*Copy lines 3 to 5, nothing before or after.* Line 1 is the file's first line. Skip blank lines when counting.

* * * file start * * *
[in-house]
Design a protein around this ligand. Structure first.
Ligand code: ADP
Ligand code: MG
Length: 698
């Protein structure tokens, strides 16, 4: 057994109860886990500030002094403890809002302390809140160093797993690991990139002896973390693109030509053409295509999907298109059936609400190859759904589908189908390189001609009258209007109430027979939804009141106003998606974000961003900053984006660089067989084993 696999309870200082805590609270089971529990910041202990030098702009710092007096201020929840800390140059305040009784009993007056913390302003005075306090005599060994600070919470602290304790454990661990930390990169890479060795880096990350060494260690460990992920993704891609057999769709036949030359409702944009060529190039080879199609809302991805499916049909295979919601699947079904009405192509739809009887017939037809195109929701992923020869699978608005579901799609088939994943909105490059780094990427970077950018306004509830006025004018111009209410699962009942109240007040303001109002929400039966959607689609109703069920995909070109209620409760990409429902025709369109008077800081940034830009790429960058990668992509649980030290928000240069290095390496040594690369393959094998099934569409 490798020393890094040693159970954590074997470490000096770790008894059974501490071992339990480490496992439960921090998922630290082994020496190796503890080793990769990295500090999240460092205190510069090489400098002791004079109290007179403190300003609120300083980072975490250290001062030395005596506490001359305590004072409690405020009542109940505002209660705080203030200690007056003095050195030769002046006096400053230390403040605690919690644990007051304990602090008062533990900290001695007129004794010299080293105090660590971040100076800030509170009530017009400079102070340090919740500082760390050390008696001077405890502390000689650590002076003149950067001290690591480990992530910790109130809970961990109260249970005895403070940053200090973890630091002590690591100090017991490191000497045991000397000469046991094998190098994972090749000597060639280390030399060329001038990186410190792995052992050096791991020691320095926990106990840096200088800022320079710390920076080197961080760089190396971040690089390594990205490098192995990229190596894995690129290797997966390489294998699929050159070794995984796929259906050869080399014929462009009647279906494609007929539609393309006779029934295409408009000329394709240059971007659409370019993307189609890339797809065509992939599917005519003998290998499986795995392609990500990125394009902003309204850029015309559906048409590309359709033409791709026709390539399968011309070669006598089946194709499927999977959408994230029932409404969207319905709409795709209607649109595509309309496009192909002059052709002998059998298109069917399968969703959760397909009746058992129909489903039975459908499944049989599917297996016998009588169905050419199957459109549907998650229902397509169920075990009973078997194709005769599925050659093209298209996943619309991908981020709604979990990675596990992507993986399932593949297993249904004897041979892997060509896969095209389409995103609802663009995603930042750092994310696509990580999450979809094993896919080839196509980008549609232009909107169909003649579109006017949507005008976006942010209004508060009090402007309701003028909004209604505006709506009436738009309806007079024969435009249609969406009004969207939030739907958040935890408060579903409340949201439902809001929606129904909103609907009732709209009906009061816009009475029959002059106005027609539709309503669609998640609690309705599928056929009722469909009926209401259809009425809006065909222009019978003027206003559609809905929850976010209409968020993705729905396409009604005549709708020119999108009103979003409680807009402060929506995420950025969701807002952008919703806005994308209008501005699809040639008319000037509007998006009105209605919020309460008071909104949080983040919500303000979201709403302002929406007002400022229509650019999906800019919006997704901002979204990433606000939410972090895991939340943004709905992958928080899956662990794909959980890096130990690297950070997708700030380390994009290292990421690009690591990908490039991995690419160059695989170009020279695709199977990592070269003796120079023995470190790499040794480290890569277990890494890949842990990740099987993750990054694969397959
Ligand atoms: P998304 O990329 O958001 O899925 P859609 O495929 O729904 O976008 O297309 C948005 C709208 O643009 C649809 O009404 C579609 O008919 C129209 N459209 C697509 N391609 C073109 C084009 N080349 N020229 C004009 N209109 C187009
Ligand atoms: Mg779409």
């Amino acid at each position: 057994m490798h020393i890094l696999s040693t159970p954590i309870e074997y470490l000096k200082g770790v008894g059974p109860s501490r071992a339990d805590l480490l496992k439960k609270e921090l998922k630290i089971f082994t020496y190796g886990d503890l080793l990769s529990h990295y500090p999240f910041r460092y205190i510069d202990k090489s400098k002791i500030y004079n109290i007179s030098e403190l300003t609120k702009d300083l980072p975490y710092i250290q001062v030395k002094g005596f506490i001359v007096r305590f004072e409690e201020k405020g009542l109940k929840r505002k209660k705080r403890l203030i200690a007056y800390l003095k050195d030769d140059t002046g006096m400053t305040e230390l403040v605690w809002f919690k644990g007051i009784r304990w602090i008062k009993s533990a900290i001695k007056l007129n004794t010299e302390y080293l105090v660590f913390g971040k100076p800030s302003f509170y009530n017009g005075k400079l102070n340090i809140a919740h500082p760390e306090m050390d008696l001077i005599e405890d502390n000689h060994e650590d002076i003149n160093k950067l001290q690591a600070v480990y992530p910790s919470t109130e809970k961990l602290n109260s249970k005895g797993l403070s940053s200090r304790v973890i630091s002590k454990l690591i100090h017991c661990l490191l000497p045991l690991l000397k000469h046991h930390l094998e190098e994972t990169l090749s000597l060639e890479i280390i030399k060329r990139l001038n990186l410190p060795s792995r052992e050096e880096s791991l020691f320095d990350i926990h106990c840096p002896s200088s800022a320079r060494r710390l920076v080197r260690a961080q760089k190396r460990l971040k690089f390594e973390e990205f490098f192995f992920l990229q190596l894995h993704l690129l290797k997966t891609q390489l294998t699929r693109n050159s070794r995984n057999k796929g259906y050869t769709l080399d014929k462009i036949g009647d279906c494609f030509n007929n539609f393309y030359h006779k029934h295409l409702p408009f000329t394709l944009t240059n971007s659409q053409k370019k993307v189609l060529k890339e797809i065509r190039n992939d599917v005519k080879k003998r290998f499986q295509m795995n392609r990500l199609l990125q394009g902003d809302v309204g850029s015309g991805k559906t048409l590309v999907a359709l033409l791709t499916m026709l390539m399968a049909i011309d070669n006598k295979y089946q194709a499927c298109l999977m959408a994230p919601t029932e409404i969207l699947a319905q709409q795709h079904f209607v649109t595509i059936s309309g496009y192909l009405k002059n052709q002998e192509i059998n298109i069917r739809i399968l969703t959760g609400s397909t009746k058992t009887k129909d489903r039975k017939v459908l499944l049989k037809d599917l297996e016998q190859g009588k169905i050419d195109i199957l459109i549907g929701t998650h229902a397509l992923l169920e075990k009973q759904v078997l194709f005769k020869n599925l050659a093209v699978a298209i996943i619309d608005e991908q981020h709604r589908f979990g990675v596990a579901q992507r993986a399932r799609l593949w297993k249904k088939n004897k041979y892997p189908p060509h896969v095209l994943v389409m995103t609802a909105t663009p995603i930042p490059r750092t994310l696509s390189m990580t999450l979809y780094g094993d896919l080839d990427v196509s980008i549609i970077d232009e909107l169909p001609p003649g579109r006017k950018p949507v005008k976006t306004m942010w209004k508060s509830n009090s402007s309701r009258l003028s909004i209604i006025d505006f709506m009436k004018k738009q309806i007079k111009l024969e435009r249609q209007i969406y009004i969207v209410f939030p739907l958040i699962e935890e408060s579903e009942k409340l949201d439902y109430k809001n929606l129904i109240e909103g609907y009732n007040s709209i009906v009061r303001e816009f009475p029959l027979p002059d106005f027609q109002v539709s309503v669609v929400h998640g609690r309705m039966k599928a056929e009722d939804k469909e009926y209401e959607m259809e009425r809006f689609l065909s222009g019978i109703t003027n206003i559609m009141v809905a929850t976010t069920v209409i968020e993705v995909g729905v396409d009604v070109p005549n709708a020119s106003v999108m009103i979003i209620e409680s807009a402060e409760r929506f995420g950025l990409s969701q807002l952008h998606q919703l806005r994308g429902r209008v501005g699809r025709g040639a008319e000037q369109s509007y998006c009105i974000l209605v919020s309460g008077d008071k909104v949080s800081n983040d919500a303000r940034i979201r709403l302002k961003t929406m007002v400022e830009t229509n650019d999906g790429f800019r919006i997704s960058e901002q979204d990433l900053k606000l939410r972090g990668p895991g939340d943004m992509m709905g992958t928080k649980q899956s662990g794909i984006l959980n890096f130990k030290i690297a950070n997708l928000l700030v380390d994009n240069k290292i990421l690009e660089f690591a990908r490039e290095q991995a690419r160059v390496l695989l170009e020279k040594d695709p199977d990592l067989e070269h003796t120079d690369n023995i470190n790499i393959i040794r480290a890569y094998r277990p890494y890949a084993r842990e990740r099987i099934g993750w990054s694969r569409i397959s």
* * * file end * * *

Ligand code: ADP
Ligand code: MG
Length: 698